Navigating China: The Digital Journey (Episode 4: Getting Data out of China - the Challenge of Operating Your China Business Offshore)

An updated and substantially more onerous draft of China’s long-awaited position on cross border data transfers has just been published. The Measures on Personal Information Cross Border Transfer Security Assessment (“Measures”) apply to all “Network Operators” and will require specific action to be taken by all businesses that send personal information out of China.

Offshore Companies with China Operations are in Scope and Under Increasing Regulatory Focus

Similar to the extraterritorial effect of Europe’s GDPR, the Measures also appear to cover personal information collected by overseas businesses from individuals in China. This would directly impact the many organisations that currently operate their China business on a remote or virtual basis.

It also specifies that overseas entities collecting data in China will need to comply with the duties and obligations of a network operator “through its legal representative or entities in China”. While the details of this are unclear, the inference is that organisations with China operations may either need to appoint a local representative or establish their own legal presence in China if they do not already have one. This aligns with the broader trend of encouraging local establishment or the creation of local partnerships by foreign businesses. For example, several new guidelines, including MLPS 2.0, now make unclear but distinct references to cloud services in China being delivered from infrastructure based in China.

The Measures provide the Cybersecurity Administration of China (CAC) with wide ranging powers to scrutinise organisations and the flexibility to request any information where they deem it necessary. Coupled with recent enforcement activity and proactive Cybersecurity Law compliance audits, it is essential that businesses get their China data strategy in order.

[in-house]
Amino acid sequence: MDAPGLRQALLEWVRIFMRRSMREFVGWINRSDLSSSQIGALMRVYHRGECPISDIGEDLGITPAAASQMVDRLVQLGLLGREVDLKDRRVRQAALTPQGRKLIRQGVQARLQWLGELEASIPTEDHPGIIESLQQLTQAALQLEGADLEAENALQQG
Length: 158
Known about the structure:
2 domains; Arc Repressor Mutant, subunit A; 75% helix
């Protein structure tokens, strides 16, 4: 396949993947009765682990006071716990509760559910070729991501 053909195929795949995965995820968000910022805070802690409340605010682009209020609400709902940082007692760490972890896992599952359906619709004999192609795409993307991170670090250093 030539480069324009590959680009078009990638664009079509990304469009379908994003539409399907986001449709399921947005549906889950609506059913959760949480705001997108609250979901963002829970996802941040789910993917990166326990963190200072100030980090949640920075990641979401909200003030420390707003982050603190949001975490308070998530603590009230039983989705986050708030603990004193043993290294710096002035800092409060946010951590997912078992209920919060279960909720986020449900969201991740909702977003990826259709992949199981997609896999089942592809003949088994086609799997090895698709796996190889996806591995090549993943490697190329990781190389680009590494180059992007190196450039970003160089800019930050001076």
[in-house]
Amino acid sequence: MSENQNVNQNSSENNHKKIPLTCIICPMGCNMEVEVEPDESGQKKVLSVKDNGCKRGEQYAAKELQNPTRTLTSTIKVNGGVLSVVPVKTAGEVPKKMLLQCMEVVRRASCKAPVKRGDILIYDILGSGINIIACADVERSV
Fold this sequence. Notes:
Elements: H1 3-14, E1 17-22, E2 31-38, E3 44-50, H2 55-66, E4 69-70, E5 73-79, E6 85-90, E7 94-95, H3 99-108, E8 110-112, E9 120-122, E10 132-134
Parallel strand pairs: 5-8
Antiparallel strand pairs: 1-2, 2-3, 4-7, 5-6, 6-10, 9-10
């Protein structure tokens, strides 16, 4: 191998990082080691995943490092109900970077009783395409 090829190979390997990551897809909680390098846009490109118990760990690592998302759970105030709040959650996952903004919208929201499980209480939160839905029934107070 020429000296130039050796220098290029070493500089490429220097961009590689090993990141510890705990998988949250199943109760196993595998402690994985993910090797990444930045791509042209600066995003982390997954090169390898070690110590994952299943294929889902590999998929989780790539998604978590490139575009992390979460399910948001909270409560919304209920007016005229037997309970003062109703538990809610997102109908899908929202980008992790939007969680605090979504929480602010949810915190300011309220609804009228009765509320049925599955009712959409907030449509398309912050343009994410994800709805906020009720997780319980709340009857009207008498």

What you will need to do:

  1. All network operators (and not just critical information infrastructure operators) will now have to undertake a security assessment before transferring personal information overseas, and file this with the local CAC. The local CAC will also engage technical experts to conduct its own security evaluation based on your report. Given the scale of the China market this process has the potential to create significant administrative delays, so businesses should consider preparing and filing their security assessments as soon as possible.
  2. Establish data transfer agreements with all offshore data recipients. There are now specific clauses that should be included in such agreements. These agreements also need to be filed with the local CAC.
  3. Check your notices and consent language to ensure you have provided sufficient notice to data subjects regarding proposed cross border data transfers.
  4. Submit an annual report to the CAC on the status of cross border transfers and the performance of data transfer agreements.
  5. Maintain a log of all cross-border transfers of personal information for at least five years. 
  6. All businesses should establish and maintain an effective incident response plan and report all major data security incidents “immediately”.
  7. Appoint an officer within your organisation to take control of addressing annual reporting requirements and liaising with the relevant authorities. If you are a foreign entity, consider appointing a local representative to address compliance with China data protection and security requirements.

Partner, DLA Piper Hong Kong

Partner, DLA Piper

Senior Associate, DLA Piper